On this day, fifty-two years ago, NASA launched Mariner 4, a spacecraft that trekked its way to our nearest planetary neighbor and sent home the very first images of another planet taken from space. Now, Red Planet Day is observed on November 28th to mark the anniversary of one of NASA’s greatest early successes and to celebrate our rust-hued neighbor.
Named for the Roman god of war, Mars has long been a source of fascination and, sometimes fear. Mars is one of the five bright planets in our solar system and can be seen with the naked eye. With the aid of a telescope, though, some of the features on the planet’s surface can be distinguished and, in the late 19th century, Giovanni Schiaparelli of the Brera Observatory in Milan began the process of naming and mapping those features, including a number of channels. A mistranslation of the word “canali” led to an assumption of their being intelligent life on Mars: rather than channels, “canali” was read as canals and, here on Earth at the same time, canals were an increasingly important part of our commerce infrastructure.
Schiaparelli’s drawings influenced Percival Lowell—who built the Lowell Observatory in Flagstaff, Arizona—who was convinced that the canals were built to carry water from the polar regions of Mars toward the equator. Lowell mapped hundreds of canals and published his findings and hypotheses, along with his illustrations, in three books. His first book, published in 1895, in turn, influenced H.G. Wells who brought us The War of the Worlds in 1898. Wells’ novel gave birth to alien science fiction and ended up being a gift that just keeps on giving.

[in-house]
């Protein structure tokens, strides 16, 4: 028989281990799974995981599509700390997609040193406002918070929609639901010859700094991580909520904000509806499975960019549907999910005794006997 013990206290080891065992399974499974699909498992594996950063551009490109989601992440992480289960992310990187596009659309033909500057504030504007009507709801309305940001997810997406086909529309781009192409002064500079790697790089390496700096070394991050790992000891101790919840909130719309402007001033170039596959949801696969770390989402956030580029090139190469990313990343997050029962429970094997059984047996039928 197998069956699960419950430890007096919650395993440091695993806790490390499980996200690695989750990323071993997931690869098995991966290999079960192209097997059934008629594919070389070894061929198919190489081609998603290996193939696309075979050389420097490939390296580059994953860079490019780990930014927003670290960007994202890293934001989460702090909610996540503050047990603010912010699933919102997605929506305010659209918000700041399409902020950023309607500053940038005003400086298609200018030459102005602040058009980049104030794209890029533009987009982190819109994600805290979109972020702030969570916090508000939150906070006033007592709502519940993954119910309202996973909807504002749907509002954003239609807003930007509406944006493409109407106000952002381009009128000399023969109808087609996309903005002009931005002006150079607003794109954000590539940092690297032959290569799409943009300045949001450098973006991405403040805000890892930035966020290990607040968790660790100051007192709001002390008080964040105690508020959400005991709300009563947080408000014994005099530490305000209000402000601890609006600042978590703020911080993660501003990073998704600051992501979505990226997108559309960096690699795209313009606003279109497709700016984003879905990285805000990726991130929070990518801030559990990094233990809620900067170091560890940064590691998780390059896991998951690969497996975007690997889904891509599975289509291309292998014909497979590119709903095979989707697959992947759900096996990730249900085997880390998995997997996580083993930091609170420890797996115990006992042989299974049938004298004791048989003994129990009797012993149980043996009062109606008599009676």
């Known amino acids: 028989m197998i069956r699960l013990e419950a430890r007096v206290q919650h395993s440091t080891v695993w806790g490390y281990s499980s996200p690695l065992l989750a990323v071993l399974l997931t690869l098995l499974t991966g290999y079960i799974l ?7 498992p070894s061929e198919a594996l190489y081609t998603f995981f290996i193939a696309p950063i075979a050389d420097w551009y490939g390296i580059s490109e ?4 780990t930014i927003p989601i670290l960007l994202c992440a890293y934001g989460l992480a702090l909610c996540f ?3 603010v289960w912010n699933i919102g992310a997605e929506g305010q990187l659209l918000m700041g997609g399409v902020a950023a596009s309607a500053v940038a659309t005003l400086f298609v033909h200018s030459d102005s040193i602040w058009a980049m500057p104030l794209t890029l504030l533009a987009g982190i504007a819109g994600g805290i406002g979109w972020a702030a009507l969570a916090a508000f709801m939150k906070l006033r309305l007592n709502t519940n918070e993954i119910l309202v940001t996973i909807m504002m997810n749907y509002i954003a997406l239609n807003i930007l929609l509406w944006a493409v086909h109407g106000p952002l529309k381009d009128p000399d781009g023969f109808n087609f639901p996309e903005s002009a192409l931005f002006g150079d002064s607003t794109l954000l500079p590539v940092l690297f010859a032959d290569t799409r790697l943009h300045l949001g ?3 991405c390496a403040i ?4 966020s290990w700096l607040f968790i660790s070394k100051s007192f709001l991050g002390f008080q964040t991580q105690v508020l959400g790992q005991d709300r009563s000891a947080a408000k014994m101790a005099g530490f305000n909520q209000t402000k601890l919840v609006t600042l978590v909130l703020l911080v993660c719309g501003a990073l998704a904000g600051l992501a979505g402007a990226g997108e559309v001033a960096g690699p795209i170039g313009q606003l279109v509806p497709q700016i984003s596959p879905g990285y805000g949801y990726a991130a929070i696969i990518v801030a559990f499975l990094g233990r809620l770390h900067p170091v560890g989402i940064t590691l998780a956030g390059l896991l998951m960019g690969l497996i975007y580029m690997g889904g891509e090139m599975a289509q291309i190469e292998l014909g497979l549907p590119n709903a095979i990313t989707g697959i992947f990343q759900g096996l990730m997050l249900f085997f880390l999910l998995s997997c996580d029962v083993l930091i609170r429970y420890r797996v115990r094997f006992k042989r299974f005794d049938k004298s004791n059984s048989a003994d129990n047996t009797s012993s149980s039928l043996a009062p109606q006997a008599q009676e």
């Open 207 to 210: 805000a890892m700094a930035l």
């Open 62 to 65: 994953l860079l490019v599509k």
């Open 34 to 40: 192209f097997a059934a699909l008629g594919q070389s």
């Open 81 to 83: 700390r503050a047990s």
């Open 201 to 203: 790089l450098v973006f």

Far from being populated with sinister, conquest-seeking Martians, Mars, as far as we can tell, might host microbial life and even that is an unproven hypothesis. If Mars is home to microscopic life, that home sweet home is likely underground where it is warm enough for liquid water rather than the ice that exists on the planet’s surface. Despite the obvious differences between our little rock orbiting the sun and the little red rock orbiting the sun—liquid water on the surface, average temperature, surface radiation, etc.—Mars is still the best candidate to be another habitable planet in our solar system.
Indeed, NASA is working to put astronauts on Mars’ surface sometime in the 2030s and, in addition to the two rovers and three orbiters NASA is currently using to study our neighbor, several more landing and orbiting missions are already on the books to take place over the next few years, including InSight—set to launch in 2018—and Mars 2020, which is planned to launch in—you guessed it—2020. For now, though, I am all about the Curiosity rover, which has been sending back some fascinating information.
As we grow closer and closer to making our way to Mars and as we collect all kinds of new information about the little rock next door, looking up at the sky and seeing our neighbor glowing along its orbital way still fills me with a sense of wonder. For those of us in the northern hemisphere, right now, Mars is out for a lot of the same time as the sun and, as a result, is obscured from view for most of its transit across our sky. But—and this may be the only good thing about the sun setting so very early—if you look to the south-southwest around dusk, you can see Mars approaching our horizon.
So, if you’ve got a clear sky this evening, I hope you’ll take some time to spot our neighbor, raise a toast, and maybe even send up a wish that we’ll be visiting soon!
Image Source: http://www.asc-csa.gc.ca/eng/astronomy/mars/